Comparing the data transfer rate of LANs and WANs is a bit impractical, as it ultimately depends on the equipment used. Generally speaking, LANs have the speed advantage as data has to travel over significantly lesser distances. But there will be certain cases where WAN outperforms LAN (for instance, direct Fiber link between a WAN’s sites).
LANs aren’t immune to threats, but they are still comparatively more secure, especially if the LAN isn’t connected to the internet. Even if the LAN has internet access, it’s typically through a central router which makes things like port management easier. If VLANs are used, narrowing down issues and vulnerabilities in the LAN is made even easier.
In the case of a WAN, you have to consider these and more threats. As WANs are often set up using leased lines, you won’t have control over the protection of such components. Additionally, when connecting over the internet, VPNs set up with protocols such as IPsec are necessary to encrypt and protect your data.
Faults within a LAN are typically easier to diagnose and fix. When one part of the LAN isn’t working, the downtime is usually limited to that part.
Due to the sheer number of components comprising a WAN, everything from the rate of issues popping up to the difficulty of isolating and fixing the problem is greater. As such, WAN downtime is generally regarded as a more significant issue.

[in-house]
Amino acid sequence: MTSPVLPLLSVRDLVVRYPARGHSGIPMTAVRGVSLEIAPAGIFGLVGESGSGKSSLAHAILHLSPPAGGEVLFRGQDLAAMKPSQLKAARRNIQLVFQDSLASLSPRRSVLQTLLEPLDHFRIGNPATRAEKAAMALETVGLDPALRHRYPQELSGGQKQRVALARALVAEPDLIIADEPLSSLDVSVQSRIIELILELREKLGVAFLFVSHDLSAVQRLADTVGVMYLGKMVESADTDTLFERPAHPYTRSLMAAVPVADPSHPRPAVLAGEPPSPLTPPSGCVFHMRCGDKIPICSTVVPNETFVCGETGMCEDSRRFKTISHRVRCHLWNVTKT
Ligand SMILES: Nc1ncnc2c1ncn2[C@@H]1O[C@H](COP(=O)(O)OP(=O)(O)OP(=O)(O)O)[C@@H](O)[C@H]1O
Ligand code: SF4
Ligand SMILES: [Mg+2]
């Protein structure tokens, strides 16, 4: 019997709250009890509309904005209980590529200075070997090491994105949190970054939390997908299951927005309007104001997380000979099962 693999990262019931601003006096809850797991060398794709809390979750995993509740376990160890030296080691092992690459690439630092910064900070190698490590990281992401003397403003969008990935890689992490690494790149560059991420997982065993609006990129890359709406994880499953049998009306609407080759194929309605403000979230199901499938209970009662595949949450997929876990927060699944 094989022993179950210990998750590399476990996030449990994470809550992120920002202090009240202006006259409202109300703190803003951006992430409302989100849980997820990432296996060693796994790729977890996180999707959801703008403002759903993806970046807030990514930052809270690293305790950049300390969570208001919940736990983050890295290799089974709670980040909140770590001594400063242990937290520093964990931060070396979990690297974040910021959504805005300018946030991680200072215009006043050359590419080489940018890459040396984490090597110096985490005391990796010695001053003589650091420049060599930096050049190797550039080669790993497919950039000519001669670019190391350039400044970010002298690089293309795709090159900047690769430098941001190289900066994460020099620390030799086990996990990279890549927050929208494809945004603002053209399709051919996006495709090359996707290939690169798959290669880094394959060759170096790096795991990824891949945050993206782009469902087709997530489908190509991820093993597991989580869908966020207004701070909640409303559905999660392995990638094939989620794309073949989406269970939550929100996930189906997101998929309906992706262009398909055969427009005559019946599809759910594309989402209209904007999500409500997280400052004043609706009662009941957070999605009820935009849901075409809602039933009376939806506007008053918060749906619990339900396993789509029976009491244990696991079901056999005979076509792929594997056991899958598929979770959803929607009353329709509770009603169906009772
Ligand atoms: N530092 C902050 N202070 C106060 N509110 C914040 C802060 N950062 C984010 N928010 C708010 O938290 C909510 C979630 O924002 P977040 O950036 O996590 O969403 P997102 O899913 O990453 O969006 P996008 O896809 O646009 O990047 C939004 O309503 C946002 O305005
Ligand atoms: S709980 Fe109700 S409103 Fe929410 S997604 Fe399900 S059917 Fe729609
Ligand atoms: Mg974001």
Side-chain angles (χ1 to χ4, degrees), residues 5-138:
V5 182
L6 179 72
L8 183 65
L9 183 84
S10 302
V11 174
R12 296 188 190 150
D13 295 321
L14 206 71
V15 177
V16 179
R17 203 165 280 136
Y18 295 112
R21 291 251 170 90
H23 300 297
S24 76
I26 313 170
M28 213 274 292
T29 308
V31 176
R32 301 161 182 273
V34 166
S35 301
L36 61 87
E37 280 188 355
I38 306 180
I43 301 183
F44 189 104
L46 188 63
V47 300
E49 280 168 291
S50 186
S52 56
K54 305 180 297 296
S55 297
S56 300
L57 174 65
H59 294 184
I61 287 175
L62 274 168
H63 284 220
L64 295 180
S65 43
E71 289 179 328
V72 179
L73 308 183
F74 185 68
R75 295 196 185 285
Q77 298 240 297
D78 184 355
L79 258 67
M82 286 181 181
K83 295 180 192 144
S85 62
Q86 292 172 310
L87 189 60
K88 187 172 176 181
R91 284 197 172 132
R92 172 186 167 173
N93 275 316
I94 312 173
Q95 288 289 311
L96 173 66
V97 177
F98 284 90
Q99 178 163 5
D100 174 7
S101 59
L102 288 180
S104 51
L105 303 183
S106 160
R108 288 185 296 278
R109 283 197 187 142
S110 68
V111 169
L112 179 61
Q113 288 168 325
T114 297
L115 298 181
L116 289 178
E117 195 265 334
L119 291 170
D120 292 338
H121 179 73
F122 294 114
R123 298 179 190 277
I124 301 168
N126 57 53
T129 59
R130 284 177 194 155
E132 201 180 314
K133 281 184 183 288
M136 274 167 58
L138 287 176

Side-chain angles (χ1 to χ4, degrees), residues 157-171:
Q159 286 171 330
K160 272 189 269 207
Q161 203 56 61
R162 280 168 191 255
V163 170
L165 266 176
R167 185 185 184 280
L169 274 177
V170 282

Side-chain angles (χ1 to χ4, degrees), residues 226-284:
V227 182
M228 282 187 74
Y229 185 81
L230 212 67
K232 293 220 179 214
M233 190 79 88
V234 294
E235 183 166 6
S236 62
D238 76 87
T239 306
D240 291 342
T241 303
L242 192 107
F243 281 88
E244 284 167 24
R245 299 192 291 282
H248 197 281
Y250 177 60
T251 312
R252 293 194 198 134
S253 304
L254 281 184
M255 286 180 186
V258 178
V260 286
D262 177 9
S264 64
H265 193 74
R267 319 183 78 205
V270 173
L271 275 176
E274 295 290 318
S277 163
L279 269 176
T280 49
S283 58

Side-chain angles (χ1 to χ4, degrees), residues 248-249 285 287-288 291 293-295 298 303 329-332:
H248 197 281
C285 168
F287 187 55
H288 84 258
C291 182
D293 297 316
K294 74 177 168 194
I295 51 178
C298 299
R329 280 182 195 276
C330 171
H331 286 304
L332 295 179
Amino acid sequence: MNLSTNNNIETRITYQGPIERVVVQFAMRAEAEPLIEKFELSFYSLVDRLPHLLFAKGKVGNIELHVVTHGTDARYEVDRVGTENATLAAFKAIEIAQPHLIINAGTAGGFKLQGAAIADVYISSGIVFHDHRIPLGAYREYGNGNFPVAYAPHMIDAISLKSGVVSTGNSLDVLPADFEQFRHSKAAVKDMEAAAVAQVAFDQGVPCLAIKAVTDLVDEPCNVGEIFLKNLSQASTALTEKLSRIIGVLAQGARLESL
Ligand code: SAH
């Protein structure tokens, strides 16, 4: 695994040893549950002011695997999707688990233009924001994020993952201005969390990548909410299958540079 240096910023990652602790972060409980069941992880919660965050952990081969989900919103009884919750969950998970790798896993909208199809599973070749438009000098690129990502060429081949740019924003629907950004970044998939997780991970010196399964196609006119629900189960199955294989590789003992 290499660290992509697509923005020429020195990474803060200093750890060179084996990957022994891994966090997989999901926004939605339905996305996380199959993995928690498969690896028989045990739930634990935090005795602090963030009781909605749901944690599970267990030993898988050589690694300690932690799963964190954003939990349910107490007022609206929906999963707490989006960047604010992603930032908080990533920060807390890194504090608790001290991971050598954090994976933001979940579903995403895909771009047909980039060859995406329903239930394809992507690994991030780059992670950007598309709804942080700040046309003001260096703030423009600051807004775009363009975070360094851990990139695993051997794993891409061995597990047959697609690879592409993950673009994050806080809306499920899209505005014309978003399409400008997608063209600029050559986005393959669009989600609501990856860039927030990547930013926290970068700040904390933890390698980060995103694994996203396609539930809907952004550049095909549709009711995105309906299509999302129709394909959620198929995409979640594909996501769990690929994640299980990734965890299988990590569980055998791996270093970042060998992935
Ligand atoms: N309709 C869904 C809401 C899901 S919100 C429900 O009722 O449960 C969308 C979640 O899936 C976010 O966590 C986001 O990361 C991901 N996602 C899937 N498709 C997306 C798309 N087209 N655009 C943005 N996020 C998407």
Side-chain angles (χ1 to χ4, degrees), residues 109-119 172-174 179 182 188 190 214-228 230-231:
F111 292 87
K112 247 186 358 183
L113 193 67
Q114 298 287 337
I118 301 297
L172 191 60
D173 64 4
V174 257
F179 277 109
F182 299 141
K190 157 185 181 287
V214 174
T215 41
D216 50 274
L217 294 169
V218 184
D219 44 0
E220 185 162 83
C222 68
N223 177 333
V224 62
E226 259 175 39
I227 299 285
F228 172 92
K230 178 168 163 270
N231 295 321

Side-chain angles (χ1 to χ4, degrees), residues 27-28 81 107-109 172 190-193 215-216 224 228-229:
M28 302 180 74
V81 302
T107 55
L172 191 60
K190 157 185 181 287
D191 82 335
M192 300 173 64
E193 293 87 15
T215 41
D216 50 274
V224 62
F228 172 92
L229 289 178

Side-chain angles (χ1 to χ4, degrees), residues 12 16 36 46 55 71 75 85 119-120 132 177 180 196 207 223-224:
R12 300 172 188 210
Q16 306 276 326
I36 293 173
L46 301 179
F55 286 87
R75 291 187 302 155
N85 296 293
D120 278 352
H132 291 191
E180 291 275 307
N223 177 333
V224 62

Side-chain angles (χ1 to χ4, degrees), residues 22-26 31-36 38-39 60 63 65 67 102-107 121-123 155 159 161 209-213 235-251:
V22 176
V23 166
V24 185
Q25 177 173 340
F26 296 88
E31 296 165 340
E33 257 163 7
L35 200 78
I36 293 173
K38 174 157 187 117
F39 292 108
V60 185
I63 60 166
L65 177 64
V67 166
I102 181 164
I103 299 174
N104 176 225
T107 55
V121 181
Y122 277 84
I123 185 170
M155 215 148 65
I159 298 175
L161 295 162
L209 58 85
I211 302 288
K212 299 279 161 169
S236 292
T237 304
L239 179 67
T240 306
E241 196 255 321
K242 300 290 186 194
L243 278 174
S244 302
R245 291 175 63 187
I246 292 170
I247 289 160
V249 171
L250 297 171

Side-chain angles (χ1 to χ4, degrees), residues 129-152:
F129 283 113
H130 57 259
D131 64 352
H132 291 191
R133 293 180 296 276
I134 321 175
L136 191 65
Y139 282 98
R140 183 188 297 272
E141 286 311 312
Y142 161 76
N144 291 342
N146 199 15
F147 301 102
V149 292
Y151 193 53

How are WAN and LAN Similar?
LANs and WANs are implemented using varying technologies, as we’ve discussed so far, but ultimately, they both use the Internet Protocol Suite (TCP/IP) for communication. At least two network nodes are required to set up both LANs and WANs, and both of these network types are prone to vulnerabilities (albeit to varying degrees).
Should You Use LAN or WAN?
The answer to this should be somewhat obvious at this point. For smaller local networks, LAN is preferred as it’s generally faster and cost-effective while offering better security and fault tolerance. If the network spans an area larger than what a LAN can accommodate, you’ll have to opt for a WAN.
As some readers have inquired about which port to use on the router, let’s also briefly talk about that. In the past, the Internet cable coming from the ISP would be connected to the modem. You’d, in turn, plug an Ethernet cable into the modem and connect it to the WAN port on the router.
As modern routers generally come as a router-modem combo, these days, you can directly connect the internet cable to the WAN port on the router.
With all this said, here’s a quick recap of the main differences between WAN and LAN:
|Limited to a small area
|Used to cover large distances
|Uses technologies like Ethernet, Wi-Fi, etc
|Uses technologies like Fiber-optic, telecom lines, etc
|Performance and Cost
|Comparatively faster, secure, and cost-effective
|Comparatively slower, less secure, and expensive
|Comparatively less susceptible to failure
|Comparatively more prone to problems
|Downtime is generally isolated and not a big deal
|Downtime affects a larger portion of the network and is a critical issue
|LAN ports connect the various ports in a local network
|WAN ports connect you to the ISP’s external network and, eventually, the internet.